oompa.jpg

 

 

 

When I think about being taller, an vivid image pops into my mind - a shrunken Mike TV (ala Charlie and the Chocolate Factory) being taken off to the Taffy-pulling room by the Oompa Loompas on Willy Wonka's orders.

 

 

Mike TV had been minimised by some of Wonka's technological wizardry.

This fictional wizardry still hasn't been made a reality yet but the good news, however far-fetched it may sound, is that you can probably be taller than you are right now. Without the Taffy-pulling machine too.

 

When most of us think of being taller, our minds go to our posture.

With better posture, we think we may be taller. If only we could bring ourselves to sit and stand without slouching and remember to stand up straight.

 

This oversized Oompa Loompa has a little secret to tell you:

"Standing or sitting up straight makes you look taller but actually makes you smaller."

 

I'm going to switch metaphors for minute. Stay with me.

 

Imagine a buoy sat on top of a pool or water. Gravity pulls the buoy down but its buoyancy keeps it afloat on the water's surface. The buoy will stay afloat at the same level over time unless something pushes or pulls the buoy further down. As soon as this extra force is removed, the buoy will spring back to its original height on the water.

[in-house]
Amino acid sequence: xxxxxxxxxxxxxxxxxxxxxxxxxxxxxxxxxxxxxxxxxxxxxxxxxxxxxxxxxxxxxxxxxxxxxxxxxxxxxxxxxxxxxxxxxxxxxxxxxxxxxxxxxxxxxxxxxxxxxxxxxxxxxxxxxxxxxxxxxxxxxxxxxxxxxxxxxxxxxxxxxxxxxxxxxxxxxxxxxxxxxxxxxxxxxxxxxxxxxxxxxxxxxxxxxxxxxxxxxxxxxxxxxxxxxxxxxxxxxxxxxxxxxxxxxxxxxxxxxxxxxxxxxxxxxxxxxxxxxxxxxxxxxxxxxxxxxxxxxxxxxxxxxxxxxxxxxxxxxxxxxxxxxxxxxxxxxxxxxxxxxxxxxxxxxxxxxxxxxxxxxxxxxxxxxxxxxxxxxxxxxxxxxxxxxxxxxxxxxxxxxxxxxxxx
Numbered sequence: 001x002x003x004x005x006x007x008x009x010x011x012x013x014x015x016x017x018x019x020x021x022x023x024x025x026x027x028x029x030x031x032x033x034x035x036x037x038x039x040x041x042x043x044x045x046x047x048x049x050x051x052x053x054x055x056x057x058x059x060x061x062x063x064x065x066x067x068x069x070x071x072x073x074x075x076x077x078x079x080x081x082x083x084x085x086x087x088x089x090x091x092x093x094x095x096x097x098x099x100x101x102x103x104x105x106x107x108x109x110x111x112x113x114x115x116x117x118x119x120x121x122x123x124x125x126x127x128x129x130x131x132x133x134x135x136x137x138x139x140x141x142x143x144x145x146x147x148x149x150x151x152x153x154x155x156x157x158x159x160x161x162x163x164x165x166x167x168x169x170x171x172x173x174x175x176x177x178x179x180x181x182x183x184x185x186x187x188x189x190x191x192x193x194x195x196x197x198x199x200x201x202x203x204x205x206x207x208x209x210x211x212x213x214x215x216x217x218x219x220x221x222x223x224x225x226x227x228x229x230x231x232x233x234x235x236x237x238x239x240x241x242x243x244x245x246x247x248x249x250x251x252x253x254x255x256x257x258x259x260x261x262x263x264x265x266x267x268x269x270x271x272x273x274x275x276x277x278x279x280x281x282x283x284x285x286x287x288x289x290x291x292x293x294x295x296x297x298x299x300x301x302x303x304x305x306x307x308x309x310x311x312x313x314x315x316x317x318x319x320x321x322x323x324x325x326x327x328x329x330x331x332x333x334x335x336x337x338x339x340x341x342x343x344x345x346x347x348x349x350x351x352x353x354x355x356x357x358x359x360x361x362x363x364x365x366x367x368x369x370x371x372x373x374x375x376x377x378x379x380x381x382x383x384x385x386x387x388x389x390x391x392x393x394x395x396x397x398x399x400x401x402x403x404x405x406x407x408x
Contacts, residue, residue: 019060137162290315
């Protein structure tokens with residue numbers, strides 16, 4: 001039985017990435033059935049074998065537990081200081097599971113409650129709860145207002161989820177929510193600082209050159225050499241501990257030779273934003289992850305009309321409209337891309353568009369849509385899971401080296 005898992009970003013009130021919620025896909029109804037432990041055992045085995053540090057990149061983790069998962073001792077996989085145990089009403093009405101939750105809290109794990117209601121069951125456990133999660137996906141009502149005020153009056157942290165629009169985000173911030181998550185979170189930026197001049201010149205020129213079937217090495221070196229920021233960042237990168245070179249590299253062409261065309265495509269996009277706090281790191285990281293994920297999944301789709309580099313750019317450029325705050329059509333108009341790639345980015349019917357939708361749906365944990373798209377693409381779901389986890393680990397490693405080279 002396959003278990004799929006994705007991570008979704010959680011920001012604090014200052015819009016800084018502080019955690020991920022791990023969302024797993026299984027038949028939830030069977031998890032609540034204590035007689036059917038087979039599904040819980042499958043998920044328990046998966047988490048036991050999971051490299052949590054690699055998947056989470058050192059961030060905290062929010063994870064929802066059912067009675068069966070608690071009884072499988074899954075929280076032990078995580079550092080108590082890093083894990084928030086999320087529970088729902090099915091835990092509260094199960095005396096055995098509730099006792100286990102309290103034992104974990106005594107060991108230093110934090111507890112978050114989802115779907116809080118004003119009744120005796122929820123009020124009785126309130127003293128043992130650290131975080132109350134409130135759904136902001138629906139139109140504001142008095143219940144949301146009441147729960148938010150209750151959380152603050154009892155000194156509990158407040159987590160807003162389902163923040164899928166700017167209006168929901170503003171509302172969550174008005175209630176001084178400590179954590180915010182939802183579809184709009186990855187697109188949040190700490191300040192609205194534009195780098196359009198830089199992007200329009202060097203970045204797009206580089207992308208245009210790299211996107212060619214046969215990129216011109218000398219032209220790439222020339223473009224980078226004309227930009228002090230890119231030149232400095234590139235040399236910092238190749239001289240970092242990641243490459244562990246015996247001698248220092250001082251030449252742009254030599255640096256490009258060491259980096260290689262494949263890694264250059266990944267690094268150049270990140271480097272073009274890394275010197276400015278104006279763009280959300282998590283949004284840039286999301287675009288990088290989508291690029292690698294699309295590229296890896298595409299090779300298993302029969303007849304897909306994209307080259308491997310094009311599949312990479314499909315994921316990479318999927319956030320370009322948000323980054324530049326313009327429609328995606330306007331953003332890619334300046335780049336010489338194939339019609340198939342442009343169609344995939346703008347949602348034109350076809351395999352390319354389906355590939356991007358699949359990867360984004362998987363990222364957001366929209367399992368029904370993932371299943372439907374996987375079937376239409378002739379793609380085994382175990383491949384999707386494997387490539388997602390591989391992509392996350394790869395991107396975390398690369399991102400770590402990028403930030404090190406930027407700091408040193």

That buoy is your head.

Whatever you weigh, whatever your age, gravity stays the same and that buoy can stay afloat at the same height. There is only one thing you can do to pull it down: 

your latent unintentional muscular activity.

 

In a fully healthy you, your internal buoyancy will perfectly counteract gravity to keep you as tall as you are.

The minute you start using your muscles all the time without realising it, you diminish this internal buoyancy. This is true even if its in trying so sit or stand up tall.

Counterintuitively, its by not trying to stand or sit tall that you will get back some of your natural internal buoyancy.

By not engaging extra muscles to stand and sit and by learning to shed any muscle activity that you don't intend at any given moment, you will over time start to, at a very low rate, grow back to your actual height. It's slow and requires a lot of attention but it's possible.

 

Why put in all that time and effort just to get a few centimetres taller?

Apart from getting on to more rides at Disneyland, it can make you a better athlete.

Being buoyantly tall means your skeleton is positioning itself well with the cooperation of ideally working muscles.

That's means a strong well-organised frame being pulled around by well-oiled pistons. A few centimetres can be the difference that makes you more supremely strong, powerful and athletically ready.

 

You don't need a taffy puller. You don't need to think about making it happen. Forget that stuff and let that buoy rise.

 

Arton "Your buoy" Baleci

P.S. learn how to apply this to your running by coming along to my upcoming workshop that you can book here.